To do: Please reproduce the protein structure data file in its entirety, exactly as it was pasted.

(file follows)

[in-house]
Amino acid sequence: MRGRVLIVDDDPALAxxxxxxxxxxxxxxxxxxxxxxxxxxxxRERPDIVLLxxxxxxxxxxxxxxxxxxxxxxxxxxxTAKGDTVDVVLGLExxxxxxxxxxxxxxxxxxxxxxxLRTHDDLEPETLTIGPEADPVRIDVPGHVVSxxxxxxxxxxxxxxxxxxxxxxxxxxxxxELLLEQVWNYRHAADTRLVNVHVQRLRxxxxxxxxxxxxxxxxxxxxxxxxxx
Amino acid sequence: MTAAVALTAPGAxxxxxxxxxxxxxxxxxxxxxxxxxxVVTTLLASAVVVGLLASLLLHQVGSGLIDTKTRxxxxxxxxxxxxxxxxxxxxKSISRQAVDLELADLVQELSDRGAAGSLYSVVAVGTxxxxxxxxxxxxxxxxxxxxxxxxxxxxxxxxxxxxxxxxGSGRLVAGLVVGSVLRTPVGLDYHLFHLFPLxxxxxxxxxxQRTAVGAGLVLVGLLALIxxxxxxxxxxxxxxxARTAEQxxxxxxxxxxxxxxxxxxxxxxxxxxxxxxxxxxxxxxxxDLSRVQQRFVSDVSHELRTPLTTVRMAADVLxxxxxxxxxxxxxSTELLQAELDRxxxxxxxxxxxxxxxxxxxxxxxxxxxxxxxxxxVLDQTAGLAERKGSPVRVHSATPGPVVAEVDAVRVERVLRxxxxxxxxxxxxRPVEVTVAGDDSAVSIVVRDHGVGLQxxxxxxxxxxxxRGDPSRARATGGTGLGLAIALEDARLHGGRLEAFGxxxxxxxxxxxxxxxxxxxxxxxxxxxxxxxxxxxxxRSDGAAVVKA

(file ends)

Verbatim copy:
[in-house]
Amino acid sequence: MRGRVLIVDDDPALAxxxxxxxxxxxxxxxxxxxxxxxxxxxxRERPDIVLLxxxxxxxxxxxxxxxxxxxxxxxxxxxTAKGDTVDVVLGLExxxxxxxxxxxxxxxxxxxxxxxLRTHDDLEPETLTIGPEADPVRIDVPGHVVSxxxxxxxxxxxxxxxxxxxxxxxxxxxxxELLLEQVWNYRHAADTRLVNVHVQRLRxxxxxxxxxxxxxxxxxxxxxxxxxx
Amino acid sequence: MTAAVALTAPGAxxxxxxxxxxxxxxxxxxxxxxxxxxVVTTLLASAVVVGLLASLLLHQVGSGLIDTKTRxxxxxxxxxxxxxxxxxxxxKSISRQAVDLELADLVQELSDRGAAGSLYSVVAVGTxxxxxxxxxxxxxxxxxxxxxxxxxxxxxxxxxxxxxxxxGSGRLVAGLVVGSVLRTPVGLDYHLFHLFPLxxxxxxxxxxQRTAVGAGLVLVGLLALIxxxxxxxxxxxxxxxARTAEQxxxxxxxxxxxxxxxxxxxxxxxxxxxxxxxxxxxxxxxxDLSRVQQRFVSDVSHELRTPLTTVRMAADVLxxxxxxxxxxxxxSTELLQAELDRxxxxxxxxxxxxxxxxxxxxxxxxxxxxxxxxxxVLDQTAGLAERKGSPVRVHSATPGPVVAEVDAVRVERVLRxxxxxxxxxxxxRPVEVTVAGDDSAVSIVVRDHGVGLQxxxxxxxxxxxxRGDPSRARATGGTGLGLAIALEDARLHGGRLEAFGxxxxxxxxxxxxxxxxxxxxxxxxxxxxxxxxxxxxxRSDGAAVVKA